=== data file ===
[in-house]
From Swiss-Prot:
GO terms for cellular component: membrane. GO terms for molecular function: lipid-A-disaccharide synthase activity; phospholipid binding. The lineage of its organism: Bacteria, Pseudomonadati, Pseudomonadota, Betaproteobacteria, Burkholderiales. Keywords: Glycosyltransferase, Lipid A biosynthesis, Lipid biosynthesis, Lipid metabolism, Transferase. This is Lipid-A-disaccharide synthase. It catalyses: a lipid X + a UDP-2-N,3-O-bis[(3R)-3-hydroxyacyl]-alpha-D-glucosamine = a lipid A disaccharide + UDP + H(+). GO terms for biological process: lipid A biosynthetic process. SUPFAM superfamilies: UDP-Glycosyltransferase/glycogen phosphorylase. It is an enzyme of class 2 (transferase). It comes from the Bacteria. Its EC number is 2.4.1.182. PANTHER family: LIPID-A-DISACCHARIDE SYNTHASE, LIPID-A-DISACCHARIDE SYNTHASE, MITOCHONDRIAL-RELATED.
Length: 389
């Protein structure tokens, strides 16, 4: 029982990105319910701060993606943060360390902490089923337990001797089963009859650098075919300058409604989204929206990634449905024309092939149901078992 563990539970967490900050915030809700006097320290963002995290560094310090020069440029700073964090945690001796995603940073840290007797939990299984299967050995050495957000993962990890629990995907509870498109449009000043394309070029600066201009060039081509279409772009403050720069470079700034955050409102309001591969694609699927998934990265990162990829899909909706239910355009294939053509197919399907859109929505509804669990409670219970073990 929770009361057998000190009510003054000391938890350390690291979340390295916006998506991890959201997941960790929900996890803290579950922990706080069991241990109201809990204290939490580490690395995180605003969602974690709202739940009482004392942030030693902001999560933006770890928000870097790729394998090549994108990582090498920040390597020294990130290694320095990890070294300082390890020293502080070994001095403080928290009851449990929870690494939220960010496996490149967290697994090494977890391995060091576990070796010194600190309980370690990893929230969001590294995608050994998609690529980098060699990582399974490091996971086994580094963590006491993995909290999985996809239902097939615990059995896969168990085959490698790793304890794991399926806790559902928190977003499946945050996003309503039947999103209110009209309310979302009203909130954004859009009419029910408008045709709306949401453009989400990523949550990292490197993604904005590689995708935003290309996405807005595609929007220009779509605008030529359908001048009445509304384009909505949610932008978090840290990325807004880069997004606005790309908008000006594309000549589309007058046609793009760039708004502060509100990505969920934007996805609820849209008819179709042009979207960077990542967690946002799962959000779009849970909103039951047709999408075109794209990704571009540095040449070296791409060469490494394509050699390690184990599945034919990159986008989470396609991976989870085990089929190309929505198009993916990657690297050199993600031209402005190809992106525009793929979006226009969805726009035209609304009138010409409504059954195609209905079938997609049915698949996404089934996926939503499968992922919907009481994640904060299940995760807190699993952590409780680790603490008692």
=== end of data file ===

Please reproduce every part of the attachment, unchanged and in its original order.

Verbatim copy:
[in-house]
From Swiss-Prot:
GO terms for cellular component: membrane. GO terms for molecular function: lipid-A-disaccharide synthase activity; phospholipid binding. The lineage of its organism: Bacteria, Pseudomonadati, Pseudomonadota, Betaproteobacteria, Burkholderiales. Keywords: Glycosyltransferase, Lipid A biosynthesis, Lipid biosynthesis, Lipid metabolism, Transferase. This is Lipid-A-disaccharide synthase. It catalyses: a lipid X + a UDP-2-N,3-O-bis[(3R)-3-hydroxyacyl]-alpha-D-glucosamine = a lipid A disaccharide + UDP + H(+). GO terms for biological process: lipid A biosynthetic process. SUPFAM superfamilies: UDP-Glycosyltransferase/glycogen phosphorylase. It is an enzyme of class 2 (transferase). It comes from the Bacteria. Its EC number is 2.4.1.182. PANTHER family: LIPID-A-DISACCHARIDE SYNTHASE, LIPID-A-DISACCHARIDE SYNTHASE, MITOCHONDRIAL-RELATED.
Length: 389
């Protein structure tokens, strides 16, 4: 029982990105319910701060993606943060360390902490089923337990001797089963009859650098075919300058409604989204929206990634449905024309092939149901078992 563990539970967490900050915030809700006097320290963002995290560094310090020069440029700073964090945690001796995603940073840290007797939990299984299967050995050495957000993962990890629990995907509870498109449009000043394309070029600066201009060039081509279409772009403050720069470079700034955050409102309001591969694609699927998934990265990162990829899909909706239910355009294939053509197919399907859109929505509804669990409670219970073990 929770009361057998000190009510003054000391938890350390690291979340390295916006998506991890959201997941960790929900996890803290579950922990706080069991241990109201809990204290939490580490690395995180605003969602974690709202739940009482004392942030030693902001999560933006770890928000870097790729394998090549994108990582090498920040390597020294990130290694320095990890070294300082390890020293502080070994001095403080928290009851449990929870690494939220960010496996490149967290697994090494977890391995060091576990070796010194600190309980370690990893929230969001590294995608050994998609690529980098060699990582399974490091996971086994580094963590006491993995909290999985996809239902097939615990059995896969168990085959490698790793304890794991399926806790559902928190977003499946945050996003309503039947999103209110009209309310979302009203909130954004859009009419029910408008045709709306949401453009989400990523949550990292490197993604904005590689995708935003290309996405807005595609929007220009779509605008030529359908001048009445509304384009909505949610932008978090840290990325807004880069997004606005790309908008000006594309000549589309007058046609793009760039708004502060509100990505969920934007996805609820849209008819179709042009979207960077990542967690946002799962959000779009849970909103039951047709999408075109794209990704571009540095040449070296791409060469490494394509050699390690184990599945034919990159986008989470396609991976989870085990089929190309929505198009993916990657690297050199993600031209402005190809992106525009793929979006226009969805726009035209609304009138010409409504059954195609209905079938997609049915698949996404089934996926939503499968992922919907009481994640904060299940995760807190699993952590409780680790603490008692």